In the summer of 2006, at about 8:00 p.m., near Route 119, in southwest Greensburg, Pennsylvaniva, a karate teacher and two of his students were talking outside. Above some small trees, at the far side of a nearby lot, they saw something that at first could have been mistaken for a large bird.
I observed it for about two minutes as it flew towards us . . . roughly 200 to 300 feet in the air. That is why . . . it caught my eye. Being that far up the “birds” body still appeared to be much larger than my 100 pound dog (wider and longer). . . . The wing span appeared to be at least 6 feet and although it was a bit away from us you could clearly make out a long “horn” or “cone” type protrusion coming out of the back of its skull, which was at the end of an elongated neck.
The eyewitness compared the proportions of the creature’s long tail to the proportions of a rat’s tail: thicker compared with its length. The creature “appeared to be jet black with some dull brown in certain spots.”
The wings also looked odd to me, they looked to be connected to the body and the clearly visible “arms” in the same manner as a bat. As it was almost directly over us we all agreed we couldn’t see feathers anywhere and my student Carrie said, “It looks like pterodactyl.”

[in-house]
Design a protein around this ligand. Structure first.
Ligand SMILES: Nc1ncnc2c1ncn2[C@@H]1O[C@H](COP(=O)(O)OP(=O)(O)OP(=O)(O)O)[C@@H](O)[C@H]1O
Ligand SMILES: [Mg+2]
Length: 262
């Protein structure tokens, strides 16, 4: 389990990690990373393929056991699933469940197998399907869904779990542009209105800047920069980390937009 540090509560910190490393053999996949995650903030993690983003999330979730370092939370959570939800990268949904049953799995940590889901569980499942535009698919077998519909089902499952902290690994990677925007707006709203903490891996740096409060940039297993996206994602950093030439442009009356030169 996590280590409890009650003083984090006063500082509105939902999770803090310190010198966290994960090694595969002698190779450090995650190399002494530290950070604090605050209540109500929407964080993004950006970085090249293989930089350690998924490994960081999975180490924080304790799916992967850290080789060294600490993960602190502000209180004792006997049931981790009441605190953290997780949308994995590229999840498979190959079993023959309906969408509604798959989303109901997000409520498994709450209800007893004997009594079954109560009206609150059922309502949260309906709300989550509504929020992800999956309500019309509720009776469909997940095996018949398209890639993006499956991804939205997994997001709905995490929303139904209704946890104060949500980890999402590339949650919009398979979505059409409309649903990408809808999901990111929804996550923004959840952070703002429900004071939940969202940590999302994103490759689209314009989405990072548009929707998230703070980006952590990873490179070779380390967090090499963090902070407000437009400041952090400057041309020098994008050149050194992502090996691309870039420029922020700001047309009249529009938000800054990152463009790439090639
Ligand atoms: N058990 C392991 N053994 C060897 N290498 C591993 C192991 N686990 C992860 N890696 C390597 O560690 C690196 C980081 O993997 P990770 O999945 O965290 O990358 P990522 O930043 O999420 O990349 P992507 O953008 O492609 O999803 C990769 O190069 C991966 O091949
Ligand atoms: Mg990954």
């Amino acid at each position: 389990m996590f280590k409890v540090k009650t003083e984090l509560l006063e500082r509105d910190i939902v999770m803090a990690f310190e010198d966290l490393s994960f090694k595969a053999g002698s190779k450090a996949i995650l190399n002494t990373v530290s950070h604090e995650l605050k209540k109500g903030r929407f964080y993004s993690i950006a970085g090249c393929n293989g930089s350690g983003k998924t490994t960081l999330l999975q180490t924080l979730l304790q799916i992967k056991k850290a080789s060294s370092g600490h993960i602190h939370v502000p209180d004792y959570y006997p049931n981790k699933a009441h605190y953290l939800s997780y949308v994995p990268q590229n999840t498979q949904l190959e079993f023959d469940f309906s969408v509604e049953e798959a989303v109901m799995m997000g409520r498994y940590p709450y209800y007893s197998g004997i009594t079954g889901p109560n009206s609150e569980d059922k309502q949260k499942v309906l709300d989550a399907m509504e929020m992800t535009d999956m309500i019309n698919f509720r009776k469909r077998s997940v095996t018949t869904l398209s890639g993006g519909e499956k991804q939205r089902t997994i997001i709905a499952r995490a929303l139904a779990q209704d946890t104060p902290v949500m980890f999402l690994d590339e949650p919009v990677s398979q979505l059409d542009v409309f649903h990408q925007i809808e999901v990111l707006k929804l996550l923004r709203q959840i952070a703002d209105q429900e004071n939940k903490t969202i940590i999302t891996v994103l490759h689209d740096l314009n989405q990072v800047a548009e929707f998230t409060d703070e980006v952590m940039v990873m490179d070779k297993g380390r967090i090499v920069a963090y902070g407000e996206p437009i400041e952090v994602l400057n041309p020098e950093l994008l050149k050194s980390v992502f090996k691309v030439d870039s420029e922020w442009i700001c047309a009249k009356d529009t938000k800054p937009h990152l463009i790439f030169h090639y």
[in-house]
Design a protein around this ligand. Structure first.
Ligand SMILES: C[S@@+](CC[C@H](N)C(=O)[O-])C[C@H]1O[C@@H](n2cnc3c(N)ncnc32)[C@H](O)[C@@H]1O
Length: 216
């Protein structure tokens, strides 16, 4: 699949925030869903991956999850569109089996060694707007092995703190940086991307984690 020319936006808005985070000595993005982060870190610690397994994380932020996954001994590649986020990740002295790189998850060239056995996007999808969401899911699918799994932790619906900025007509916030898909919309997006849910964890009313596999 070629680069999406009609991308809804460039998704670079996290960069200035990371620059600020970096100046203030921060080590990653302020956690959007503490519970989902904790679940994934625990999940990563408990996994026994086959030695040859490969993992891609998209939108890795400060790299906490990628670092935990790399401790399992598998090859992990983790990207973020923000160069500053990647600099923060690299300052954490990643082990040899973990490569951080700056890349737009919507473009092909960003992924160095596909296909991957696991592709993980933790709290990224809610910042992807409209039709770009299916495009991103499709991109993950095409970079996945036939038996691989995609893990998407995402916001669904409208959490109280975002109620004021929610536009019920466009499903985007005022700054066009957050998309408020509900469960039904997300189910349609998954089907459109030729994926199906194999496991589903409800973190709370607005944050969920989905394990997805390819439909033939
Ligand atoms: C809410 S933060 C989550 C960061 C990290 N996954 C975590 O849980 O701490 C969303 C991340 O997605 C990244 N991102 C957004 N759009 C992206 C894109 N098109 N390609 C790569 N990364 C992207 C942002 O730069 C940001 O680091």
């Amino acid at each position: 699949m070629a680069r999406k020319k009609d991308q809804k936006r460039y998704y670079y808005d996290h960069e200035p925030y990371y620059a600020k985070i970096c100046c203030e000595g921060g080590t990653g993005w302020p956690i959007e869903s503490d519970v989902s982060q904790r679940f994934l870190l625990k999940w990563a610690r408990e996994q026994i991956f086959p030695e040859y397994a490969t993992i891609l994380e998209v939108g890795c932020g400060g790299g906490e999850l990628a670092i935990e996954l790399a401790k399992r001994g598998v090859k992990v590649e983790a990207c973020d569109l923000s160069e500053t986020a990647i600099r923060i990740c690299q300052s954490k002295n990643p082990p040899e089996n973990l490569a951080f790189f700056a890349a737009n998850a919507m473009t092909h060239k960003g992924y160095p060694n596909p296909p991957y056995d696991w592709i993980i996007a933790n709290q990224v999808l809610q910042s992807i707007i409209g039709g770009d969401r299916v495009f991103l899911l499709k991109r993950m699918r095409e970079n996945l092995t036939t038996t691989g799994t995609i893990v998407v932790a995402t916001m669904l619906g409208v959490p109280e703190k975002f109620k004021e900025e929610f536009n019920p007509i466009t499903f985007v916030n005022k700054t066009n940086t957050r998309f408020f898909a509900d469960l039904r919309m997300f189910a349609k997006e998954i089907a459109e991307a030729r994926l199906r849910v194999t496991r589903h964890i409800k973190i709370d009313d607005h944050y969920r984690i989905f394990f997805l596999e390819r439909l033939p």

The “bird” was descending and it had its talons or feet jutted out and forward. It flew over top us and landed in the water behind the school. . . . We could here it splashing around, and Carrie ran around the building to see it. There are always ducks in that water as well as rats and other things. When she came back in like three minutes she said it had taken off, Carrie said it was in the water splashing and eating or grabbing something in its mouth.
In my book Live Pterosaurs in America (third edition), on page 55, one eyewitness described a “pterodactyl” that she saw flying over a neighborhood in Philadelphia, strange as that may appear. Pennsylvania is just as likely many other states to host a living pterosaur, whether the location is rural or urban.